But the South Course at Torrey Pines is a far different test than Albany, and the Westgate Las Vegas SuperBook lists Woods as a -180 favorite to miss the 36-hole cut. It means bettors must wager $180 to win $100, while his +150 odds to make the cut mean a bettor can win $150 with a $100 wager.

    Woods is listed at 25/1 to win. He won the tournament for the seventh time in 2013, but in three appearances since he has missed the 36-hole cut, missed the 54-hole cut and withdrawn after 12 holes.

    Here's a look at the various Woods-related prop bets available at the Westgate:

    Will Woods make the 36-hole cut? Yes +150, No -180

    Lowest single-round score (both courses par 72): Over/Under 70

    Highest single-round score: Over/Under 74.5

    Will Woods finish inside the top 10? Yes +350, No -450

    Will Woods finish inside the top 20? Yes +170, No -200

    Will Woods withdraw during the tournament? Yes +650, No -1000

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    Monahan buoyed by Tour's sponsor agreements

    By Rex HoggardJanuary 24, 2018, 12:27 am

    SAN DIEGO – Farmers Insurance announced on Tuesday at Torrey Pines a seven-year extension of the company’s sponsorship of the Southern California PGA Tour event. This comes on the heels of Sony extending its sponsorship of the year’s first full-field event in Hawaii through 2022.

    Although these might seem to be relatively predictable moves, considering the drastic makeover of the Tour schedule that will begin with the 2018-19 season, it is a telling sign of the confidence corporations have in professional golf.

    “It’s a compliment to our players and the value that the sponsors are achieving,” Tour commissioner Jay Monahan said.

    Monahan said that before 2014 there were no 10-year title sponsorship agreements in place. Now there are seven events sponsored for 10-years, and another five tournaments that have agreements in place of at least seven years.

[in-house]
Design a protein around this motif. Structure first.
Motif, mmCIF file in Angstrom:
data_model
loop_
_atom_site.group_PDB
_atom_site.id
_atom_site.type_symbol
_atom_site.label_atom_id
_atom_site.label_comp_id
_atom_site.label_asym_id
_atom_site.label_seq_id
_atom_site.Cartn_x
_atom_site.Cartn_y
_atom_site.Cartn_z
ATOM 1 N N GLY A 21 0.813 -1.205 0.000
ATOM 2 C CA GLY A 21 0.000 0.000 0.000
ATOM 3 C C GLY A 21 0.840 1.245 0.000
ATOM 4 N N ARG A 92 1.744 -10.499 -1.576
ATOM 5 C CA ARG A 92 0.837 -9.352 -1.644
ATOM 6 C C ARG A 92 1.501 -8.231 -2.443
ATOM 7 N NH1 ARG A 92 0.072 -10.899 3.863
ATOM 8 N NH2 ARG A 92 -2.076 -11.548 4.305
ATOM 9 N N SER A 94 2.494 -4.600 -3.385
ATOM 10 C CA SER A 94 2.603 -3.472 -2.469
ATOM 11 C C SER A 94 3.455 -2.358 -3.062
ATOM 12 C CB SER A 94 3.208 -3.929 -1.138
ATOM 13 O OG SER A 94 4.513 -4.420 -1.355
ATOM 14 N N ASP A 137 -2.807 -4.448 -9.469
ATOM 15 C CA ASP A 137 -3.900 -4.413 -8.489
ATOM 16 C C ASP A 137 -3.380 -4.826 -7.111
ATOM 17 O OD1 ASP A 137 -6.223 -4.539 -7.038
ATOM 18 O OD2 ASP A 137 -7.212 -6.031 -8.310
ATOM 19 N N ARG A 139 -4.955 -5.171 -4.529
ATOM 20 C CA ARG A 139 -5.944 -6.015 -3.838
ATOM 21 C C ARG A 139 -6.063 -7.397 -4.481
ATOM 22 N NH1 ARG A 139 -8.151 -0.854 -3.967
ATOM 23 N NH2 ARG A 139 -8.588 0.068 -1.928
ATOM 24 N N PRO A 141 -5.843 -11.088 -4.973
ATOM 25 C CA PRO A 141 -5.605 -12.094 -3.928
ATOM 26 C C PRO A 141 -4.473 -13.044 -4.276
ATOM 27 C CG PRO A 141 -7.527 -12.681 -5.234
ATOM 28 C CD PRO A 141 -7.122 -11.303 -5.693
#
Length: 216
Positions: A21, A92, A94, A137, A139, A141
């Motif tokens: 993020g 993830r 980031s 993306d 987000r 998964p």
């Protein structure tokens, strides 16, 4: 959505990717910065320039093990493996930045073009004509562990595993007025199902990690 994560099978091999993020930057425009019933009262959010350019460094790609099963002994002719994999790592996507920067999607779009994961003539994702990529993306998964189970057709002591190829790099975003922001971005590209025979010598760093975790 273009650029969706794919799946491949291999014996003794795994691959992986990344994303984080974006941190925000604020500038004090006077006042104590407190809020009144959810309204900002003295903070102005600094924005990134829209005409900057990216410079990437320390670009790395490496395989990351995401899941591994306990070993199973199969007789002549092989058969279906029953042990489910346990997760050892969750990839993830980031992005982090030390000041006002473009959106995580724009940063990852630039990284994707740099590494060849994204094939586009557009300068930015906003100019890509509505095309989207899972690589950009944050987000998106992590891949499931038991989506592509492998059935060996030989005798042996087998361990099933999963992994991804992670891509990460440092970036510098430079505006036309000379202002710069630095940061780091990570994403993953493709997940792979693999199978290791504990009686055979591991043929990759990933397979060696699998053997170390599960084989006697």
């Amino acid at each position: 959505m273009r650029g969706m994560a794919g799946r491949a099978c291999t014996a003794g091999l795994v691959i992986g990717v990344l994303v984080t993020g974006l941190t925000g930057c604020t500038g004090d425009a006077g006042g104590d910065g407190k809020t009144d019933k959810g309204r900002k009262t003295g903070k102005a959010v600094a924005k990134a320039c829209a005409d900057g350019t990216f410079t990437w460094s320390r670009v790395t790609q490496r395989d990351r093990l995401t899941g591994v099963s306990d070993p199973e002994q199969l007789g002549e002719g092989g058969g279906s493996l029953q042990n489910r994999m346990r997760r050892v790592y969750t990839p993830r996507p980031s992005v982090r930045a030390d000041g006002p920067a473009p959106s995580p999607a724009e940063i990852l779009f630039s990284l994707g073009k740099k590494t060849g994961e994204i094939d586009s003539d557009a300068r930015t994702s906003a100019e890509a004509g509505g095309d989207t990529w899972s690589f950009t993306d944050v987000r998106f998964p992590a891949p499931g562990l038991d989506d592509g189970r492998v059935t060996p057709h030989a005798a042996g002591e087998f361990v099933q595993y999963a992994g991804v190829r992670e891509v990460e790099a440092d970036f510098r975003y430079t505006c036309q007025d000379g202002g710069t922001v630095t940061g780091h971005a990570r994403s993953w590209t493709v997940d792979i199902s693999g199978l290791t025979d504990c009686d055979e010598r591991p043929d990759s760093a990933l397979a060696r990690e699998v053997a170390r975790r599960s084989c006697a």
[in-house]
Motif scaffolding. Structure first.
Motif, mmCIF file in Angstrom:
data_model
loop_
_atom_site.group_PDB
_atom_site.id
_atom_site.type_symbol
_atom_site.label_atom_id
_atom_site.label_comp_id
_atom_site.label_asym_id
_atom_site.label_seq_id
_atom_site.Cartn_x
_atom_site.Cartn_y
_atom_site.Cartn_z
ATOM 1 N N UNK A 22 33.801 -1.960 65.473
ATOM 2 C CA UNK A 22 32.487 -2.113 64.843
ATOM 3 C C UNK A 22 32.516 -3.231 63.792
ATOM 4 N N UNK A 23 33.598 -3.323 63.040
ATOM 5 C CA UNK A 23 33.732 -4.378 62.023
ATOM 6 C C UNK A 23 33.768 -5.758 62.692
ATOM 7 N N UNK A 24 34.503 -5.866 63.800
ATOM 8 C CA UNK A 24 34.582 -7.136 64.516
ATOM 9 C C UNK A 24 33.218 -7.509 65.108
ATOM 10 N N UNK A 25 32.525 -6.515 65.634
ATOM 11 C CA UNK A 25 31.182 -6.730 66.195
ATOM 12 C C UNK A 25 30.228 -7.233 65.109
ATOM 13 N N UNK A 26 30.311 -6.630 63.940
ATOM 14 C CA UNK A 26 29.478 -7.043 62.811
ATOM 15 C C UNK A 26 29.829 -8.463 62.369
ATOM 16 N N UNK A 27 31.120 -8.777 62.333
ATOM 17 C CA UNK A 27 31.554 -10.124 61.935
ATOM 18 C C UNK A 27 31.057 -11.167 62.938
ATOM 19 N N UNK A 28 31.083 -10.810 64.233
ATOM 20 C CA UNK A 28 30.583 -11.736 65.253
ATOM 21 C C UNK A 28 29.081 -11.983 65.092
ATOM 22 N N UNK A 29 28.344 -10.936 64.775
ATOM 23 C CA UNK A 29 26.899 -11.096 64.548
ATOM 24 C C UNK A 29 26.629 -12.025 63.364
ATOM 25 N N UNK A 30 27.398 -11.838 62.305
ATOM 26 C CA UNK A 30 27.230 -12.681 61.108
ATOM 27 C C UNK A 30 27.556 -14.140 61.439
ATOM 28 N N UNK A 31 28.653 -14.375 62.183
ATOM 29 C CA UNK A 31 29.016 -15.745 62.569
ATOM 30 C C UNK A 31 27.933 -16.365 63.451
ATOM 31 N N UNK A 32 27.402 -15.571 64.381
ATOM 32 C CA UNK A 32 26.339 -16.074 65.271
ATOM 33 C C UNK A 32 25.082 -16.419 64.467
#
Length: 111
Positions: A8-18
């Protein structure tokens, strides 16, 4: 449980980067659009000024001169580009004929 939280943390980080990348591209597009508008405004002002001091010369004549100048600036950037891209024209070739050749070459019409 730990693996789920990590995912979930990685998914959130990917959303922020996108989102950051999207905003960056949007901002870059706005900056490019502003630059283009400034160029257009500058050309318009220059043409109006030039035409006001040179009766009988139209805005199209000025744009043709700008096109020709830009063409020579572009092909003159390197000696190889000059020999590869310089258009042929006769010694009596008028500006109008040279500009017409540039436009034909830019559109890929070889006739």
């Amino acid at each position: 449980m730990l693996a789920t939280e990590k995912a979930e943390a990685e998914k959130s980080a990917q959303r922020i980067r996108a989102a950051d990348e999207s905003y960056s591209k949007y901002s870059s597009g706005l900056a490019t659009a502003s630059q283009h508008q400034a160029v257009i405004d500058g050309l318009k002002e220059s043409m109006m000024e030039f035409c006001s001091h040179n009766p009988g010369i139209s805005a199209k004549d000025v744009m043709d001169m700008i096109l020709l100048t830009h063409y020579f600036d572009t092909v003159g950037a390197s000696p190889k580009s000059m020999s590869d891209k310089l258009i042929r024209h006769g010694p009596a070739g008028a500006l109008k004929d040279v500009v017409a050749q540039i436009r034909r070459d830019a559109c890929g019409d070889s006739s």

“What it means is, it gives organizations like the Century Club [which hosts this week’s Farmers Insurance Open], when you have that level of stability on a long-term basis that allows you to invest in your product, to grow interest and to grow the impact of it,” Monahan said. “You experienced what this was like in 2010 or seen other tournaments that you don’t know what the future is.S o to go out and sell and inspire a community and you can’t state that we have a long-term agreement it’s more difficult.”

    Events like this year’s Houston Open, Colonial in Fort Worth, Texas, and The National all currently don’t have title sponsors – although officials at Colonial are confident they can piece together a sponsorship package. But even that is encouraging to Monahan considering the uncertainty surrounding next season’s schedule, which will include the PGA Championship moving to May and The Players to March as well as a pre-Labor Day finish to the season.

    “When you look back historically to any given year [the number of events needing sponsors] is lower than the typical average,” Monahan said. “As we start looking to a new schedule next year, you get excited about a great schedule with a great group of partners.”

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    Day WDs from Farmers pro-am because of sore back

    By Golf Channel DigitalJanuary 24, 2018, 12:07 am

    SAN DIEGO – Jason Day has withdrawn from the Wednesday pro-am at the Farmers Insurance Open, citing a sore back.

    Day, the 2015 champion, played a practice round with Tiger Woods and Bryson DeChambeau on Tuesday at Torrey Pines, and he is still expected to play in the tournament.

    Day was replaced in the pro-am by Whee Kim. 

    Making his first start since the Australian Open in November, Day is scheduled to tee off at 1:30 p.m. ET Thursday alongside Jon Rahm and Brandt Snedeker.

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    Farmers inks 7-year extension through 2026

    By Golf Channel DigitalJanuary 24, 2018, 12:04 am

    SAN DIEGO – Farmers Insurance has signed a seven-year extension to serve as the title sponsor for the PGA Tour event at Torrey Pines, it was announced Tuesday. The deal will run through 2026.

    “Farmers Insurance has been incredibly supportive of the tournament and the Century Club’s charitable initiatives since first committing to become the title sponsor in 2010,” PGA Tour commissioner Jay Monahan said.

    Farmers Insurance Open: Articles, photos and videos

    “We are extremely grateful for the strong support of Farmers and its active role as title sponsor, and we are excited by the commitment Farmers has made to continue sponsorship of the Farmers Insurance Open for an additional seven years.

    In partnership with Farmers, the Century Club – the tournament’s host organization – has contributed more than $20 million to deserving organizations benefiting at-risk youth since 2010.